I reviewed Redfern's book for the Communist History Network Newsletter in 2005 but that publication no longer seems to be available online.

My own take on the party's history during the war may be found here:

http://www.ucc.ie/chronicon/robfra.htm

This article was based on research I did in the late 1970s for a volume of essays on CPGB history that was supposed to be published by Lawrence and Wishart but never saw the light of day, I suspect for political reasons because the party leadership did not like its heterodox mix of Eurocommunist, Feminist and Trotskyist views.

I agree with Francis that politically biased history is always bad history. But sometimes more partisan perspectives can yield novel insights and open up new avenues for research. The important thing is not to distort either the evidence or alternative viewpoints in pursuit of a partisan argument/interpretation.

Geoffrey Roberts
My review of Redfern may be found here:

https://www.academia.edu/29068712/Class ... World_Wars


This site contains a number of my articles, reviews and papers, including a chapter from the unpublished and unfinished memoirs of Dennis Ogden:

https://www.academia.edu/21879420/After ... ow_in_1955

Dennis went to Moscow in 1954 to work as a translator for the Foreign Languages Publishing House (mostly on the journal International Affairs). In the late 1950s and early 1960s he was the Daily Worker's correspondent in Moscow, famously breaking the story of Yuri Gagarin's spaceflight ahead of the official announcement, which annoyed the Soviet authorities no end! In the 1960s he taught Russian Studies at the Polytechnic of Central London. In the 1970s he was the Secretary of the CP's Committee for the Study of the European Socialist Countries (the party leadership wouldn't let us discuss China, Cuba, North Korea or Vietnam!). This group was quite active for a few years, contributing courses to the Communist University of London and publishing four issues of a journal called Socialist Europe, which carried articles by Soviet and Czech dissidents alongside more orthodox views.
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A Worker Who Reads
A Worker Who Reads

October 15th, 2016, 3:26 pm #18

Thanks for posting this material.
I'm interested in your comment that the CPGB leadership wasn't in favour of analysing/debating the non-European socialist countries. This strikes me as odd given the CPGB's distance from the Chinese party for example. Was this done for diplomatic reasons or simply that there wasn't sufficient knowledge of these countries? There were certainly some CPGB members who were involved in the Vietnamese solidarity campaigns, not so many on Cuba pre-89, and China was a real blank spot.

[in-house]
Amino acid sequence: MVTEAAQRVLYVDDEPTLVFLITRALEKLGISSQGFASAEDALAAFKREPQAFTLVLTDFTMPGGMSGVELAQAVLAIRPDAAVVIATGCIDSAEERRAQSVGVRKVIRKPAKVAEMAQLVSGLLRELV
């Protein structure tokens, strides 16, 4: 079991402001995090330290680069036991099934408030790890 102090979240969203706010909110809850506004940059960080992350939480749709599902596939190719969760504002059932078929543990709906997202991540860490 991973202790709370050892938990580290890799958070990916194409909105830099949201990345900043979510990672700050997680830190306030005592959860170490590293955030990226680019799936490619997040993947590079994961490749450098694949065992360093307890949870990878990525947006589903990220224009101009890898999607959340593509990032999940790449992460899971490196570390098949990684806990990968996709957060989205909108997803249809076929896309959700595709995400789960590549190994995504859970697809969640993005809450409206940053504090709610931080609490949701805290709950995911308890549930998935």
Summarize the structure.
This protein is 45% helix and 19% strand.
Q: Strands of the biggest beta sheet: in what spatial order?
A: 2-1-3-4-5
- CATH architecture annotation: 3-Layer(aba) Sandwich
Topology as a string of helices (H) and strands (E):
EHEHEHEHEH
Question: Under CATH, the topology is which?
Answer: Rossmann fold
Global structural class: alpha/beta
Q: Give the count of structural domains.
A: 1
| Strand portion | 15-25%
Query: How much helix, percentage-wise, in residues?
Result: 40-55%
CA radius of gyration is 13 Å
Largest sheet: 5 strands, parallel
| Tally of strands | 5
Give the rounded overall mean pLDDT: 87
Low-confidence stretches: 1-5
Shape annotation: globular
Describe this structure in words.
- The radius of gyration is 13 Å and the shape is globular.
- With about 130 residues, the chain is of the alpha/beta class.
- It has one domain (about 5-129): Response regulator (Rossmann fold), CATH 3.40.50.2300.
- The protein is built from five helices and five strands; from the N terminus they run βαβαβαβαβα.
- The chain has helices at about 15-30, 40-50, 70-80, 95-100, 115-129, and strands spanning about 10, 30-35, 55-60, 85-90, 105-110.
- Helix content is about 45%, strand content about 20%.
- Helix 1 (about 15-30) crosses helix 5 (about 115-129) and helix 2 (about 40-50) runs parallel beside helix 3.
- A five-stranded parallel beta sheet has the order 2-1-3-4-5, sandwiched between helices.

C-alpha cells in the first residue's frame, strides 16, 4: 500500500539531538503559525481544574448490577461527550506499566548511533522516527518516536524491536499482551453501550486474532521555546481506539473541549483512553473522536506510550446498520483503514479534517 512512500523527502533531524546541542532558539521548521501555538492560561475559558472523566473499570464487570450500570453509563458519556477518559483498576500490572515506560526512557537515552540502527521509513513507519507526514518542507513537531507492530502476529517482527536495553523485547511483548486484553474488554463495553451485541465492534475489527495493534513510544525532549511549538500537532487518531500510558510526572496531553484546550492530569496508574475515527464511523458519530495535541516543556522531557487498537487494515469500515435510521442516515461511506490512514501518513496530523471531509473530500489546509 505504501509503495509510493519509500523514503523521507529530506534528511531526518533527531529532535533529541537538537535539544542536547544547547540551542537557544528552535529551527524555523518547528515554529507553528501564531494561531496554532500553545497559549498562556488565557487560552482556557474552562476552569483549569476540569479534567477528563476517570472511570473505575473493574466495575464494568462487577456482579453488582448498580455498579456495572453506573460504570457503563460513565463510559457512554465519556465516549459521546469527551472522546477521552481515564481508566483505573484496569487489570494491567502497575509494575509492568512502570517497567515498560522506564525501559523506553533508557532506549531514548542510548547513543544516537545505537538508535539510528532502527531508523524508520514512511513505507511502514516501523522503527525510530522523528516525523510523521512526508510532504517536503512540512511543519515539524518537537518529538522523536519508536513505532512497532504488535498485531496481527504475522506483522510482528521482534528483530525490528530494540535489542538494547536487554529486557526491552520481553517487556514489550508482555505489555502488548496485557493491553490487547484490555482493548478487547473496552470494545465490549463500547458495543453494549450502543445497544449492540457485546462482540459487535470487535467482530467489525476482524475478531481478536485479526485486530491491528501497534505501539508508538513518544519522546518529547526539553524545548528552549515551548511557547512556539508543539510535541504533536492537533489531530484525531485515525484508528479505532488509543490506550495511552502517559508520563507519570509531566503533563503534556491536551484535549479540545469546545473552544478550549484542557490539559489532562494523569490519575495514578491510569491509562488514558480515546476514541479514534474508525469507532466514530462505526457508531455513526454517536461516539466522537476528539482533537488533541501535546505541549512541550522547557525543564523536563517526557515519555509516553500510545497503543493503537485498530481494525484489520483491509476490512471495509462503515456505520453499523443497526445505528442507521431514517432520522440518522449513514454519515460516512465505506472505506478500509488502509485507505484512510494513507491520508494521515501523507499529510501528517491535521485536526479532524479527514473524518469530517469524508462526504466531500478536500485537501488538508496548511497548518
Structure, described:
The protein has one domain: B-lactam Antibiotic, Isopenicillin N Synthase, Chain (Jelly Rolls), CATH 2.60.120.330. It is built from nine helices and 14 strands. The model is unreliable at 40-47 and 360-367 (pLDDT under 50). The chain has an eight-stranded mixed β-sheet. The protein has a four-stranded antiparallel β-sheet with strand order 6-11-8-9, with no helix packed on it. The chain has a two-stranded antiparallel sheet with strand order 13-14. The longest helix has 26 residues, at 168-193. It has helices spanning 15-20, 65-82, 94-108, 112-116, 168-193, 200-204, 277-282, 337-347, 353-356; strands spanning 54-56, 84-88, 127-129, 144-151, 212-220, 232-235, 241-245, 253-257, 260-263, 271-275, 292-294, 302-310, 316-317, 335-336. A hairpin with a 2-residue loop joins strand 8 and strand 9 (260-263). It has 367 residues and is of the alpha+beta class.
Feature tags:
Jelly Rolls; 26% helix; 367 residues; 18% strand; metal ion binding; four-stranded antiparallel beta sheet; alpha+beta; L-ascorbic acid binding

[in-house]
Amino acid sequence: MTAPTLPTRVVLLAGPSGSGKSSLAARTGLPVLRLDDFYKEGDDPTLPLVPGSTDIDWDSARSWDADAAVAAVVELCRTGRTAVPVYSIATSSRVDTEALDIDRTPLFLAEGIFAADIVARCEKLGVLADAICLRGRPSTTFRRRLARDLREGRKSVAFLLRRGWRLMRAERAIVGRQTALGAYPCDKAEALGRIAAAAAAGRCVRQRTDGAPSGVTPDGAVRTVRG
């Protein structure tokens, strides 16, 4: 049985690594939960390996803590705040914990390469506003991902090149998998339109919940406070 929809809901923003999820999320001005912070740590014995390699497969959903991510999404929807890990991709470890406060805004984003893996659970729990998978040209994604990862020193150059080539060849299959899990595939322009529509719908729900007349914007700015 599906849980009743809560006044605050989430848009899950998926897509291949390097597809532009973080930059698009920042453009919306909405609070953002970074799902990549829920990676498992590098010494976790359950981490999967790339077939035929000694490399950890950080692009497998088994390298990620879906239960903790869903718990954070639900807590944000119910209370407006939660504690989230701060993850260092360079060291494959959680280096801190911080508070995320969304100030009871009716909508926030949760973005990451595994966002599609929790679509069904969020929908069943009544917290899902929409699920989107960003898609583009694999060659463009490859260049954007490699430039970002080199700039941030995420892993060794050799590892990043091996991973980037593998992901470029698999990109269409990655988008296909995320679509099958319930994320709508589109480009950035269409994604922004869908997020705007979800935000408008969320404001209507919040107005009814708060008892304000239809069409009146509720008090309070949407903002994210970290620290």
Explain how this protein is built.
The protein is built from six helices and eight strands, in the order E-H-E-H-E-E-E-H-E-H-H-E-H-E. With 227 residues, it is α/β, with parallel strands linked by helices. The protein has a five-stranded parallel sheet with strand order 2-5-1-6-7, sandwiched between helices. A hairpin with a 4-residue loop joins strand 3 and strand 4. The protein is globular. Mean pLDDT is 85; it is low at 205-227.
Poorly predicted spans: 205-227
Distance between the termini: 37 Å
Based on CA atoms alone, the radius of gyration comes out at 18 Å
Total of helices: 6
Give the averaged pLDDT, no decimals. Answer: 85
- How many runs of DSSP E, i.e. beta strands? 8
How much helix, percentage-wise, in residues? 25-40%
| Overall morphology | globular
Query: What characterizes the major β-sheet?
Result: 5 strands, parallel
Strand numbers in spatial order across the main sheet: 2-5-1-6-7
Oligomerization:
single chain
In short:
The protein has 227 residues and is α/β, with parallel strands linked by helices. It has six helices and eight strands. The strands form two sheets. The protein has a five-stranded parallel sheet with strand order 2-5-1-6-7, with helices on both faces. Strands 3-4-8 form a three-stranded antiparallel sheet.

I doubt many CPGBers went to North Korea. The Star's Colin Williams was one of the few I remember.
I have some copies of Socialist Europe somewhere, I must dig them out. I heard Dennis speak on the CPSU 20th congress at some event or other, fascinating stuff!
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Joined: March 7th, 2015, 8:29 pm

October 15th, 2016, 7:36 pm #19

My review of Redfern may be found here:

https://www.academia.edu/29068712/Class ... World_Wars


This site contains a number of my articles, reviews and papers, including a chapter from the unpublished and unfinished memoirs of Dennis Ogden:

https://www.academia.edu/21879420/After ... ow_in_1955

Dennis went to Moscow in 1954 to work as a translator for the Foreign Languages Publishing House (mostly on the journal International Affairs). In the late 1950s and early 1960s he was the Daily Worker's correspondent in Moscow, famously breaking the story of Yuri Gagarin's spaceflight ahead of the official announcement, which annoyed the Soviet authorities no end! In the 1960s he taught Russian Studies at the Polytechnic of Central London. In the 1970s he was the Secretary of the CP's Committee for the Study of the European Socialist Countries (the party leadership wouldn't let us discuss China, Cuba, North Korea or Vietnam!). This group was quite active for a few years, contributing courses to the Communist University of London and publishing four issues of a journal called Socialist Europe, which carried articles by Soviet and Czech dissidents alongside more orthodox views.
Thanks for the links Geoffrey.

Could you unpack what you mean when you say (in your review of Neil Redfearn's book)

"Speaking as someone who's general attitude to the party's history is the more right-wing the better..."
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Joined: October 20th, 2015, 9:04 pm

October 16th, 2016, 12:56 pm #20

Wow!

I've been waiting for years for someone to pick me up on this. It was a mistake. I meant to say "right-deviationist". I was making the point that while I did not share Redfern's leftist critique of CPGB politics during the Second World war he had done a good job reconstructing the party's point of view. It is this that makes the book worth reading; otherwise it would be little more than a Maoistic polemic.

I'm not sure why the party restricted us to the European socialist countries. The committee's origins lay in an unofficial discussion group of Soviet and East European specialists so it might have been just a question of continuity. I presume the leadership didn't want us meddling in the Sino-Soviet split and restricting us to Europe was a convenient pretext. Or maybe they just wanted to put some manners on us (the point man was Reuban Falber). That worked!